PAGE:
thu 30/06/2022

Annie | reviews, news & interviews



Quvenzhané Wallis shines in largely superfluous musical remake

New York state of mind: Rose Byrne and Quvenzhané Wallis in `Annie'

A lot of harsh words have been and will continue to be written about the new movie musical remake of Annie, the Broadway mainstay about the Depression-era tyke who exists to teach her elders a few life lessons on the way to a sun-drenched "Tomorrow" (to co-opt the title of the show's best-known song). But from where I'm sitting, a disproportionate share of the film's self-evident faults are swept away by its impossibly irresistible young star, Quvenzhané Wallis.

As long as Wallis is onscreen, it's damn hard not to smile in return and save one's gripes for later. 

Now all of 11 years old, Wallis takes to the rooftops of New York with scarcely less flair than she did to the New Orleans backwater she trawled in her 2013 Oscar-nominated turn as the six-year-old Hushpuppy in Beasts of the Southern Wild (she remains the youngest Best Actress Academy Award contender ever). Confident without seeming overly cocksure, endearing without swamping the audience in unearned sentiment, Wallis more than confirms the promise she so blazingly projected in Beasts, here playing a New York foster child who gets a giddy taste of Manhattan's high life when she ends up in the care of telecommunications magnate Will Stacks (Jamie Foxx), who happens to be running for mayor. 

What in heaven's name does this have to do with the American comic strip of legend that spawned the long-running Broadway and London stage musical about the curly-haired moppet who falls under the life-changing paternal patronage of Daddy Warbucks? Surprisingly little, given that Aline Brosh McKenna's screenplay doesn't so much transplant the material to the here and now as much as overhaul it pretty well altogether.

Most galling, for musical theatre buffs at least, will be the large-scale bowdlerisation that has been carried out on the popular Charles Strouse score whose lyricist, Thomas Meehan, gets a wry namecheck on the chalkboard of the classroom where the current film begins. A few of the best-known numbers remain largely intact (though "It's the Hard Knock Life" has been given the Stomp treatment, for much the same reason presumably that the current West End revival of Cats goes big on rap), but the majority of the songs have either disappeared or are rendered barely distinguishable in performance. You don't have to have seen the late, great Dorothy Loudon - the originator of the Trunchbull-like Miss Hannigan - snarl her way to a Tony Award with the knockout solo "Little Girls" all those years ago on Broadway to glean that the same role's present occupant, Cameron Diaz (pictured above), can't cut it.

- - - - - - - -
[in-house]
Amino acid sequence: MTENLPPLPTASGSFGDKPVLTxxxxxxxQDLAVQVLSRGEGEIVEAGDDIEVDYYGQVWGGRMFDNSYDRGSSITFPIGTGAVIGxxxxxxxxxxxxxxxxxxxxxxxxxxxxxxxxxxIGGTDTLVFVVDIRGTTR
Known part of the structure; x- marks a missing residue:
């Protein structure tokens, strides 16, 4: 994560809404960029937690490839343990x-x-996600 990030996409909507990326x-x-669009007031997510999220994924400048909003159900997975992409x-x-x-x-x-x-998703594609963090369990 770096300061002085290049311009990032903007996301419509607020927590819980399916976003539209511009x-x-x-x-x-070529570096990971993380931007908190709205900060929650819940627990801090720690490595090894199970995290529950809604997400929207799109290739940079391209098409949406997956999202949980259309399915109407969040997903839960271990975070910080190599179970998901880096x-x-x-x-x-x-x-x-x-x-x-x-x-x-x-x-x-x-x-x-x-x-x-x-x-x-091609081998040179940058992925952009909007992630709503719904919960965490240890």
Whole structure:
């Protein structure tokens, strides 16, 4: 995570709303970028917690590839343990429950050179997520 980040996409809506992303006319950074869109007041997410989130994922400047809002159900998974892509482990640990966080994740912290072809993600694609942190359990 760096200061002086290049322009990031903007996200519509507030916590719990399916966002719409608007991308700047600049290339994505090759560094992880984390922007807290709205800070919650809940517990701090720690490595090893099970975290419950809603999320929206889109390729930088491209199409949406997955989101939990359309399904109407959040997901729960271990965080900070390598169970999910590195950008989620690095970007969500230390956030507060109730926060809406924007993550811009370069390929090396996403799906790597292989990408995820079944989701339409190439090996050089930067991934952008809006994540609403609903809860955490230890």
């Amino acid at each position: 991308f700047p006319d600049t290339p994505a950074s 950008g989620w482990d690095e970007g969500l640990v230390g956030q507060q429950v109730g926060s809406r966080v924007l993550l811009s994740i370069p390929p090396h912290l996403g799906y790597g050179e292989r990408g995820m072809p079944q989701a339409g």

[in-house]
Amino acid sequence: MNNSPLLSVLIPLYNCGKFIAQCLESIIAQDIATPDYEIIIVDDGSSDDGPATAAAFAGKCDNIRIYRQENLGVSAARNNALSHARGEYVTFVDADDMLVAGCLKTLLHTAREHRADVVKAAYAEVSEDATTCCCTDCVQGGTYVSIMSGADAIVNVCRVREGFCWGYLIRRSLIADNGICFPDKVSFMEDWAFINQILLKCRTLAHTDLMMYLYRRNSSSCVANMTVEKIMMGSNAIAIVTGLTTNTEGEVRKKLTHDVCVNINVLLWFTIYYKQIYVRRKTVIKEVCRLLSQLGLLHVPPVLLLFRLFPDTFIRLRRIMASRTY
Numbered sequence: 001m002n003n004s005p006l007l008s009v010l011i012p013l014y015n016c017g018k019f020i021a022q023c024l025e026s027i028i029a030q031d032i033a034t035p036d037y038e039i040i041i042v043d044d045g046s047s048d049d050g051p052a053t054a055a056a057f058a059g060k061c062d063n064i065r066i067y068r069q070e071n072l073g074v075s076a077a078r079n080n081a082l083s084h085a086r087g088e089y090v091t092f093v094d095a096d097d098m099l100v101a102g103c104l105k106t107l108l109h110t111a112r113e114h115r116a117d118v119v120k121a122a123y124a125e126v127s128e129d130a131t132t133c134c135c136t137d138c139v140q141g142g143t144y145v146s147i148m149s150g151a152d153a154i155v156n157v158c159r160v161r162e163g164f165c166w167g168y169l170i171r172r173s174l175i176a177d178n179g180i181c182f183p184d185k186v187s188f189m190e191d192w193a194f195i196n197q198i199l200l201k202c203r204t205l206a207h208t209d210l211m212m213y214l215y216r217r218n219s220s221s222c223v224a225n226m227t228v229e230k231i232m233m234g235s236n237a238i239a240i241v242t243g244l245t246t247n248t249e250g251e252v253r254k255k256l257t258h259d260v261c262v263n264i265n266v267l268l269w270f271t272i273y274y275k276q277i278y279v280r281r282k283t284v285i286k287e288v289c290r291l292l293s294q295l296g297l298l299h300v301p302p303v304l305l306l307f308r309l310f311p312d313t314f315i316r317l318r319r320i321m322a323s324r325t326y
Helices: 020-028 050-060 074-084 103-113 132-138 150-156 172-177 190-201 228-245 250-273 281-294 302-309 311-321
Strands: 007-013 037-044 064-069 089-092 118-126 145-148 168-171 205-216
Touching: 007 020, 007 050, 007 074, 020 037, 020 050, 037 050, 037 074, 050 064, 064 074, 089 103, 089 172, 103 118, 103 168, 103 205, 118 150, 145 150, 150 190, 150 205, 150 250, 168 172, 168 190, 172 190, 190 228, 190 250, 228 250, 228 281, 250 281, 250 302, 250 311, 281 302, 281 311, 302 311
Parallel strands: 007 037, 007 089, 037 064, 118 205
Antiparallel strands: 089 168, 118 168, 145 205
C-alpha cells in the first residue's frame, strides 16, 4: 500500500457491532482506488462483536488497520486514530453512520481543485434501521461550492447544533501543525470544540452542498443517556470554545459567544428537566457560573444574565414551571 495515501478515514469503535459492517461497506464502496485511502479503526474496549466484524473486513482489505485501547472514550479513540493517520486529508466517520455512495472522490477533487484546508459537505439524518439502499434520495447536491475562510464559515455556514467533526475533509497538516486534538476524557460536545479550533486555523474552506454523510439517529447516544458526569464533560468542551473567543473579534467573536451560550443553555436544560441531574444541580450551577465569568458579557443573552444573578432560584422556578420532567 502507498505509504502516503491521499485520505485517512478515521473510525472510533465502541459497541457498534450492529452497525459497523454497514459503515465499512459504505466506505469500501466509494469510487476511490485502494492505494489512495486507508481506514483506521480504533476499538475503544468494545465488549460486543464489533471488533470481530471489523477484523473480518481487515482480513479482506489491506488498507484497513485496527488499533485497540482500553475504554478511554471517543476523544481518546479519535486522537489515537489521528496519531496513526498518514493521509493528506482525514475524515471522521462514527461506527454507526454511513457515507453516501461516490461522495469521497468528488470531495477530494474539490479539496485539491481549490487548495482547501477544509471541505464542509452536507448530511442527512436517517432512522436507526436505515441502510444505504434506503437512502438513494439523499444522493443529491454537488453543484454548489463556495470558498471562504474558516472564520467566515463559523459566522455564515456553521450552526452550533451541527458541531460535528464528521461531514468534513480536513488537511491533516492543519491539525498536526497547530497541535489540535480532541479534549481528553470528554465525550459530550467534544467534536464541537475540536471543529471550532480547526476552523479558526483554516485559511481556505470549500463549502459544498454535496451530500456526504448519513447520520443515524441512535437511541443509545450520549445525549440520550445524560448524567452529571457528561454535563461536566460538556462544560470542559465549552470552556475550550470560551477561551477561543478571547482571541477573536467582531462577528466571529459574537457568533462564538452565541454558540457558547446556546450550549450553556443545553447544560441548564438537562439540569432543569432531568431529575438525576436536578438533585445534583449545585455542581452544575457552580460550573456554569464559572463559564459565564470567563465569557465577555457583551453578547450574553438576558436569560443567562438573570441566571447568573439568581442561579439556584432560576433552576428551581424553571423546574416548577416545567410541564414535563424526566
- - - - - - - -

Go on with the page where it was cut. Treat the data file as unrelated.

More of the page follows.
In fact, this synth-heavy, anaesthetised account of the score – virtually all the singing voices seem to have been put through a computer program designed to drain them of any distinctive character – comes with new songs from the team of Sia, Greg Kurstin, and the film's director Will Gluck that sound like instant Muzak (though one of the new ones, "Opportunity", is a Golden Globe nominee). There's yet another reason to commend Wallis (pictured below) for rising above the processed feel of the whole to assert her individuality.

Playing someone who "only knows the word yes", Wallis seems miraculously to have escaped the precocity trap too often attendant upon pre-teen stars. Her smile, too, functions as an unforced emblem of hope in accordance with this multi-racial reworking of a prototypically all-white fable that finds Foxx playing the screenplay's black equivalent of recent New York mayor, Michael Bloomberg: another moneyman-turned-politico though never as photo op-minded as the Stacks figure here. There's something heartening about the message sure to be imprinted on young minds by the burgeoning romance between Foxx's tycoon and his trusty VP (a winning Rose Byrne), next to both of whom Diaz's unrepentant termagant is a crushing and over-the-top bore. (We won't dwell on the continual decline of Diaz's film career, a rather startling phenomenon that is a whole separate story.) 

There's a weird meta-moment where Diaz's nymphomaniacal careerist (this Hannigan is a singer on the skids) talks about "people loving musicals for no good reason", which may be intended to justify the inherent oddity in movie terms when people start to sing and dance onscreen. In which case, it's probably best not to over-analyse what essentially is a superfluous third celluloid account of a single stage source. Whereas Aileen Quinn – who starred as Annie in the (pretty poor) John Huston film version in 1982 – has all but faded into oblivion, on this evidence Wallis's star looks poised to continue its remarkable ascent.

Overleaf: watch the trailer for Annie


Most galling, for musical theatre buffs at least, will be the large-scale bowdlerisation that has been carried out on the popular Charles Strouse score


Editor Rating: 
Average: 3 (1 vote)

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